For many dog lovers, it is not surprising to see pooch owners treat their dogs like their own human children. And it is truly moving to discover that a lawful body will agree to this love for dogs.
The Oregon Supreme Court announced a landmark ruling on dogs being compared to a child. This was placed on as decision to the case of a suffering dog named Juno.
Knowing The Case Of June
The case of the anorexic Juno started in 2010 owned by Amanda Newcomb, a resident of Portland. An animal cruelty investigator discovered the poor dog in such a devastating condition describing the pet being super thin. The owner reasoned out that she just ran out of dog food and that she already has plans of buying some that night.
When Juno was brought to the quarters of the Oregon Humane Society, the dog’s body score after being checked out by a veterinarian, was a 1.5 with 1 being emaciated on the scale level. The main cause was malnutrition and the owner was charged with animal neglect in second degree.
During the trial, the owner made the argument that Juno is considered her property. The defendant that the search was illegal and warrantless. However, the prosecutor compared it to checking out a child who is allegedly going through some form of abuse. It was agreed on by the trial court and Juno’s owner was convicted.
The Court of Appeals reversed the decision upon finding out that the Oregon Humane Society who handled Juno’s case was required of a warrant. But the Oregon Supreme Court re-established the ruling of the trial court that the warrantless blood draw was not barred under any law in Oregon or even in the US Constitution.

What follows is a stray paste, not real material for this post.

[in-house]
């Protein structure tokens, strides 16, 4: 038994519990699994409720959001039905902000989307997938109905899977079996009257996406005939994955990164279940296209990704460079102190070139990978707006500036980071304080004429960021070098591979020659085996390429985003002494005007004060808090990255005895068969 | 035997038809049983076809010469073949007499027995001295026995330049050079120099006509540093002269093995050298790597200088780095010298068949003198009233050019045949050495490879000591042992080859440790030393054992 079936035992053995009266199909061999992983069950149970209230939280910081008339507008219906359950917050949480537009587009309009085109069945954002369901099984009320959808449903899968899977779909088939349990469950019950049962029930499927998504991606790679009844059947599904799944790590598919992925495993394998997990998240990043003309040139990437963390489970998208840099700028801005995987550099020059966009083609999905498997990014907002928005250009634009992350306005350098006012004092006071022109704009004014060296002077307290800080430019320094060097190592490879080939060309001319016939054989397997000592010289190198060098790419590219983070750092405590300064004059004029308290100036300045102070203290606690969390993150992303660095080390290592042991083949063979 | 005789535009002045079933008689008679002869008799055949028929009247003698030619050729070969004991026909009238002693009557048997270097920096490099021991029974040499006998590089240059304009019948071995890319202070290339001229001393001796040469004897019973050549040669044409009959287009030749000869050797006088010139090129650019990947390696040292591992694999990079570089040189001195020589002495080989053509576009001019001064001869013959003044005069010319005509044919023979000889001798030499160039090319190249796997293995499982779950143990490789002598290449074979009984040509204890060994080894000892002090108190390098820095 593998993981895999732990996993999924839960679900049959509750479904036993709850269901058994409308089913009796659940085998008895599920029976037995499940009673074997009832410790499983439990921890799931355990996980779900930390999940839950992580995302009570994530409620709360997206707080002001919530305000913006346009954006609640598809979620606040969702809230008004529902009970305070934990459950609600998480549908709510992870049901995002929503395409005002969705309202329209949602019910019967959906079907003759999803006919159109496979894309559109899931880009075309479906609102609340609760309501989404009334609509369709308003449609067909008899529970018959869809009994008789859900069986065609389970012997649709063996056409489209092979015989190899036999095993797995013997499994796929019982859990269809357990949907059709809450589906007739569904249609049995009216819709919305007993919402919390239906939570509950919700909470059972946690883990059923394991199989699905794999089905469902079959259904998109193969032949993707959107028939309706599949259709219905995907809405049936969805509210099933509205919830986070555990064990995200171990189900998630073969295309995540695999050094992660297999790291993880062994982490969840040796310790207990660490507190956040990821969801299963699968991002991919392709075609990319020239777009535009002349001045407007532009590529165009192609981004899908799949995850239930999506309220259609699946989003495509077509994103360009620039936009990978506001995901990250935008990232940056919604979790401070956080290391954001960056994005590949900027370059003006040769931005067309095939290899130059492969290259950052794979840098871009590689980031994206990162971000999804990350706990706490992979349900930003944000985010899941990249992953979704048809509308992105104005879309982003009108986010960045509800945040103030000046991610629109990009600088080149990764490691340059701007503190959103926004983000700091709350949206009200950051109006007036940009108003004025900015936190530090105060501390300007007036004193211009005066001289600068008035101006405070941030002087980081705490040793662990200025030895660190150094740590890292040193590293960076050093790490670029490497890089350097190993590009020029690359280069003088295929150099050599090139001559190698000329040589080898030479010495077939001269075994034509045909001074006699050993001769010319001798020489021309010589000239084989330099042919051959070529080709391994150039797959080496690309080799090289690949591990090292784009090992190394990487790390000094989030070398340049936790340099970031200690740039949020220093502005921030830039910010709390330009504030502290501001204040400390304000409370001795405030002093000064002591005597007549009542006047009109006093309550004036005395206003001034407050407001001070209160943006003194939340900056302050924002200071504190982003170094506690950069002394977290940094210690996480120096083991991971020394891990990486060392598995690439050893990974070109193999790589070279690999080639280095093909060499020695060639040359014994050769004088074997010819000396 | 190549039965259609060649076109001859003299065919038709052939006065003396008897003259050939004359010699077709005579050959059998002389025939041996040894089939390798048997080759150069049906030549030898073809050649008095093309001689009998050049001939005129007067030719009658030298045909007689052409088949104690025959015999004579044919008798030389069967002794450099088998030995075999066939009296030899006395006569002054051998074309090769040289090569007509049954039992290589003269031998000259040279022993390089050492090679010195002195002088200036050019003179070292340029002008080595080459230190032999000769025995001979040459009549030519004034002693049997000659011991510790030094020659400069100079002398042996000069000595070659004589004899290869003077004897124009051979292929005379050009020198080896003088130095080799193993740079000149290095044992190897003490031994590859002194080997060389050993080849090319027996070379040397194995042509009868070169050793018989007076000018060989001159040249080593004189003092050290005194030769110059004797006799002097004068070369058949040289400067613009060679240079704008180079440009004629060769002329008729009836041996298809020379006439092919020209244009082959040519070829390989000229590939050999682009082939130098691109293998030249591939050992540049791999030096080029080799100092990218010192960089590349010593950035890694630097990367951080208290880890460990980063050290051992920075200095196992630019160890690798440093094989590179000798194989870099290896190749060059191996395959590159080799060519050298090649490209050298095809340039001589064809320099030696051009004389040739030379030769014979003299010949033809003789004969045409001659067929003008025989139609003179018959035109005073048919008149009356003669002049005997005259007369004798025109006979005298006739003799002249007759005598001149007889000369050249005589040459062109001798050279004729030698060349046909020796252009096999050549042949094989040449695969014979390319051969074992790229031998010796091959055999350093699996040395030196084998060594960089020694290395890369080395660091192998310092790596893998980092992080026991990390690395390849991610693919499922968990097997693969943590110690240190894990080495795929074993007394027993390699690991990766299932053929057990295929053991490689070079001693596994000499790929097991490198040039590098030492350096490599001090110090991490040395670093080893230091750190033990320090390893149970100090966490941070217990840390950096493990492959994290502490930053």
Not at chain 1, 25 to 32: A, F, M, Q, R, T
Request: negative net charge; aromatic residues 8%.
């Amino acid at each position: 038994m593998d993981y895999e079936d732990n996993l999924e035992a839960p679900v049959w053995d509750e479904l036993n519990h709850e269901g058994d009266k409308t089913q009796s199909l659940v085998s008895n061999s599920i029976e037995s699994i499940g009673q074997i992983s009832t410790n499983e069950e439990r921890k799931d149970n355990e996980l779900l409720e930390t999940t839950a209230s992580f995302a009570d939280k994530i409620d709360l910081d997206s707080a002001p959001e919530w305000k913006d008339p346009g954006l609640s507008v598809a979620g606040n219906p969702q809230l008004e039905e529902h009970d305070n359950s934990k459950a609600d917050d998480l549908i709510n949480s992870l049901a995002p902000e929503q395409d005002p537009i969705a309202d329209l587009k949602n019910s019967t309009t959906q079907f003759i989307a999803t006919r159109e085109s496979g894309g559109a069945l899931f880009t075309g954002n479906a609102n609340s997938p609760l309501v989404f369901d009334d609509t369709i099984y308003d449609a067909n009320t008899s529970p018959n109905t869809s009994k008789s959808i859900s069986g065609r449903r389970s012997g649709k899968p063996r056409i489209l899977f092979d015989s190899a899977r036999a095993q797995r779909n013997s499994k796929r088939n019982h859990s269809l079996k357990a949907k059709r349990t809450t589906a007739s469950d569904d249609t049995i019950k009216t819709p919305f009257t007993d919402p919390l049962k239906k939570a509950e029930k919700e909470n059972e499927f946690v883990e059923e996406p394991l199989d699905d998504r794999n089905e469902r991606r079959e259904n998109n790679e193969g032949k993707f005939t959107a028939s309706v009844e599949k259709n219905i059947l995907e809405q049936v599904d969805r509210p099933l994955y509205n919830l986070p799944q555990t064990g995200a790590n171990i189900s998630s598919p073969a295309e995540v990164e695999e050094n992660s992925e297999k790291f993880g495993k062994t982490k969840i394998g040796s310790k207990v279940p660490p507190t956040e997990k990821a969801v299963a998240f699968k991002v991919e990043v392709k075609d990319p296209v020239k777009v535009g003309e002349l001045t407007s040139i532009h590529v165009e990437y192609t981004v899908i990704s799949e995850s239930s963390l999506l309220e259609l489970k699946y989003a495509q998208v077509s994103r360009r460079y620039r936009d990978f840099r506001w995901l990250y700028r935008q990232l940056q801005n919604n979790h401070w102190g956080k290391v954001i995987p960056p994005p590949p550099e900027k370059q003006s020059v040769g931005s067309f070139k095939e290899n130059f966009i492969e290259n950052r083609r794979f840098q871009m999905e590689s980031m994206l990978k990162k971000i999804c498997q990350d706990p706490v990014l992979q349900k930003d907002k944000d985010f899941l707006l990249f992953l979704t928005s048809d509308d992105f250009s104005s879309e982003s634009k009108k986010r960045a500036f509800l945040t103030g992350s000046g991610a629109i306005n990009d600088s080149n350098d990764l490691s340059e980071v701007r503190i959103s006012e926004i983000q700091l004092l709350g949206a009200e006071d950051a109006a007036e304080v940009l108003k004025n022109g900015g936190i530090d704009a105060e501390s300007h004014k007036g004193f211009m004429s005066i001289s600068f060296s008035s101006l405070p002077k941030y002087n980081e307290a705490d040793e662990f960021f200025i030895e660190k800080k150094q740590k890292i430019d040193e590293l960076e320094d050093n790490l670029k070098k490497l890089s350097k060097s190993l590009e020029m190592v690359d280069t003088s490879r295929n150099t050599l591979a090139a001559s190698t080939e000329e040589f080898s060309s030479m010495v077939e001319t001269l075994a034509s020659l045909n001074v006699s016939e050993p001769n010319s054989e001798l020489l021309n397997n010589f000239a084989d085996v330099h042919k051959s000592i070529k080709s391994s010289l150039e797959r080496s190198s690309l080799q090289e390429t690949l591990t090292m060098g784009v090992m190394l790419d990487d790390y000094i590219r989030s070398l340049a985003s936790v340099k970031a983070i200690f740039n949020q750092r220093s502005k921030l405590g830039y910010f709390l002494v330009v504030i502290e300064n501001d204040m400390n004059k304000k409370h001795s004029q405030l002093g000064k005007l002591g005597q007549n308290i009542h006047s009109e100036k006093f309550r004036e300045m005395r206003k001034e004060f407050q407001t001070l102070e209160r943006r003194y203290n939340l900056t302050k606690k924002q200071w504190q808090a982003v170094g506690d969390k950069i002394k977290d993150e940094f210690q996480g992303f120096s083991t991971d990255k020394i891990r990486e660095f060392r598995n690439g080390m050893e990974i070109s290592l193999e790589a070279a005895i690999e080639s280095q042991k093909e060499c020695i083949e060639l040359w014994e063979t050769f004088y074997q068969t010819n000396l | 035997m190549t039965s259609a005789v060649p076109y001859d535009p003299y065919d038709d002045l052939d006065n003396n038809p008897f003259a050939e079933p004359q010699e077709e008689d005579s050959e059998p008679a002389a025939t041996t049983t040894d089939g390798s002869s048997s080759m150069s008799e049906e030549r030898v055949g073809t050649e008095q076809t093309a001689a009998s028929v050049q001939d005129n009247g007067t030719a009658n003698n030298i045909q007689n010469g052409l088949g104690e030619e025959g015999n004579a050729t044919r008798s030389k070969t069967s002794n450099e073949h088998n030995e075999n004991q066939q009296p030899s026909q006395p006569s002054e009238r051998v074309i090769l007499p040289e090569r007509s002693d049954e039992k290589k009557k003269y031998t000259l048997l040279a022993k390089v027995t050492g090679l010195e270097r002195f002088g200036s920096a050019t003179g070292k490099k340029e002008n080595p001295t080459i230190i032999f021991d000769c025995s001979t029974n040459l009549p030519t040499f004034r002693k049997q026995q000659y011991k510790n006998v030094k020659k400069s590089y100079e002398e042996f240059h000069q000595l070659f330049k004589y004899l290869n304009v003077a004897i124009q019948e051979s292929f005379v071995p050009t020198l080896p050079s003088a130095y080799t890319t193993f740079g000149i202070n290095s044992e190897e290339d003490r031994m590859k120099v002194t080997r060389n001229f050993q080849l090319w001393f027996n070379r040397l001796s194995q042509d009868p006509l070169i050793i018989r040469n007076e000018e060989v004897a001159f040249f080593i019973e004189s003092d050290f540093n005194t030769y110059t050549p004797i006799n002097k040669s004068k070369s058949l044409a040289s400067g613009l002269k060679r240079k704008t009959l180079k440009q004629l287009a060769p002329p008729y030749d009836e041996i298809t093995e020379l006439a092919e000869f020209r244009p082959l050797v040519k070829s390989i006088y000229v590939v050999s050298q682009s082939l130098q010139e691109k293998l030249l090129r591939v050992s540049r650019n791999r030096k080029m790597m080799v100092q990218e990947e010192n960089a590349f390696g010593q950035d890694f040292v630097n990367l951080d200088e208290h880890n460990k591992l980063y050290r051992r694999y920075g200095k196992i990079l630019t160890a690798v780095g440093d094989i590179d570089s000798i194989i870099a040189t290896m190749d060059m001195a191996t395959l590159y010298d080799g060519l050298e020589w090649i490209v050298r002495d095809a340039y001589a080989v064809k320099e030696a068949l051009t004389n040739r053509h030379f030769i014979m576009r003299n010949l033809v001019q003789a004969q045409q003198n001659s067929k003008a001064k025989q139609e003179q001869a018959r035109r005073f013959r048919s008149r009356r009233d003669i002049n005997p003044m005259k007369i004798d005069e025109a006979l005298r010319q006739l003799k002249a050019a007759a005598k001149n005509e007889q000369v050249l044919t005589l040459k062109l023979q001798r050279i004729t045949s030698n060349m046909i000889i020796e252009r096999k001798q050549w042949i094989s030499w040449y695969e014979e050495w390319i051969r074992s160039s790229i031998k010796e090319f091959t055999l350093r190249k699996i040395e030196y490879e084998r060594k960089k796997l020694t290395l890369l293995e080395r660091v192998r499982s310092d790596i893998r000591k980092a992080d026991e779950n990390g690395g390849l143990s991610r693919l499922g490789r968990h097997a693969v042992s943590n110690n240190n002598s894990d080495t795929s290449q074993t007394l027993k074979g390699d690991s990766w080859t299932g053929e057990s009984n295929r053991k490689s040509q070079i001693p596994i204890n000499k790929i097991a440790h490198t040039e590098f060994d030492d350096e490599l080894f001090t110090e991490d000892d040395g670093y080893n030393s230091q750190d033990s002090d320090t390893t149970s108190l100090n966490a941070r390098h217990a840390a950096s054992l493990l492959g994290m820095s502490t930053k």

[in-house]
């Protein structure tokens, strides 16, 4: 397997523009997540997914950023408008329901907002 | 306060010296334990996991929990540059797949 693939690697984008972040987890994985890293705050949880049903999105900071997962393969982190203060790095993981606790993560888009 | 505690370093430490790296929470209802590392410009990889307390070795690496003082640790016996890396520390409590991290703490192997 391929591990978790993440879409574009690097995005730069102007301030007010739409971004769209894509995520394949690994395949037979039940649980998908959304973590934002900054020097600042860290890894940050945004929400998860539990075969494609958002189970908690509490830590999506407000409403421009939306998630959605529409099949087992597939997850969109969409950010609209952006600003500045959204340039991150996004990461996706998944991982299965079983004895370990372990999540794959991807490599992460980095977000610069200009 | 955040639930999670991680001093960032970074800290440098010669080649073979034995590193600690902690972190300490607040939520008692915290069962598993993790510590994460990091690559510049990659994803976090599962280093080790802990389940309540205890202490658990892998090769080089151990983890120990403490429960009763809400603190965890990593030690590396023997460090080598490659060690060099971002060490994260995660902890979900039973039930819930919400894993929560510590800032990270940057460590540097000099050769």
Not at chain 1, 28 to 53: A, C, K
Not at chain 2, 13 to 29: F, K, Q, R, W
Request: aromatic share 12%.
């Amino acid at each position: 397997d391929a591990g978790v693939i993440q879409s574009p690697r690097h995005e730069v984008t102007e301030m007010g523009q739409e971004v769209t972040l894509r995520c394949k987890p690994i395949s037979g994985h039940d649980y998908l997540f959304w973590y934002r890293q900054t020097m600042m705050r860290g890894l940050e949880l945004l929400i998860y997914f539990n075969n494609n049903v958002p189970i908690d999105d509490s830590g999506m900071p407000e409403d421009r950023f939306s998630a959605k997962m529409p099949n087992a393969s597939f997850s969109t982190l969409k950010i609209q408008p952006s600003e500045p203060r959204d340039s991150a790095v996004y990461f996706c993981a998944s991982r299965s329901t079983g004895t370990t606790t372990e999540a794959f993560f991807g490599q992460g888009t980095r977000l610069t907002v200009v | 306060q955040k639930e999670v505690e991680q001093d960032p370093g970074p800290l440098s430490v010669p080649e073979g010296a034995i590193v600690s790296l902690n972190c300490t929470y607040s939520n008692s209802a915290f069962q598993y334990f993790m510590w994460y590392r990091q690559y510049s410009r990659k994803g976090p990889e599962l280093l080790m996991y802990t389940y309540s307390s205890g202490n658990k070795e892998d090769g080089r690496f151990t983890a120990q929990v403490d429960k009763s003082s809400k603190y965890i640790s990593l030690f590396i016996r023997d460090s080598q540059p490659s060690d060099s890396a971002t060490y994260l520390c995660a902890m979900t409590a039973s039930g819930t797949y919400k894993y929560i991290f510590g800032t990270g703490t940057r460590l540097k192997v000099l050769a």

Dogs As Sentient Beings
The final decision on the case of Juno was based on the Oregon Supreme Court recognizing that animals, like dogs, belong to a special category. This status is somewhere in between the human individuals and non-living properties.
“Reflected in those and other laws that govern ownership and treatment of animals is the recognition that animals ‘are sentient beings capable of experiencing pain, stress and fear..”
“That conclusion follows with equal or greater force when, as here, the dog is in the state’s lawful protective custody on probable cause that the dog is suffering injury as a result of neglect, at which point the owner has lost her property rights of dominion and control over the dog.”
Oregon Supreme Court Legal Document, State v. Newcomb
A Cause For Celebration
The Oregon Humane Society expressed their happiness for the victory in their blog, acknowledging that the final ruling has certainly eradicated a huge hump to numerous investigations on animal cruelty.
This ruling applies not only for dogs but also other animals that are discovered and proven to be victims of abuse and neglect.
Yes, pets, such as dogs, are properties, rendering their owners several rights over them. But with the law in Oregon, pets are considered more than just properties but significant living things, who must be provided with care. And that accountability falls on the hands of the owner or any individual who has control over the pets.
No to animal cruelty!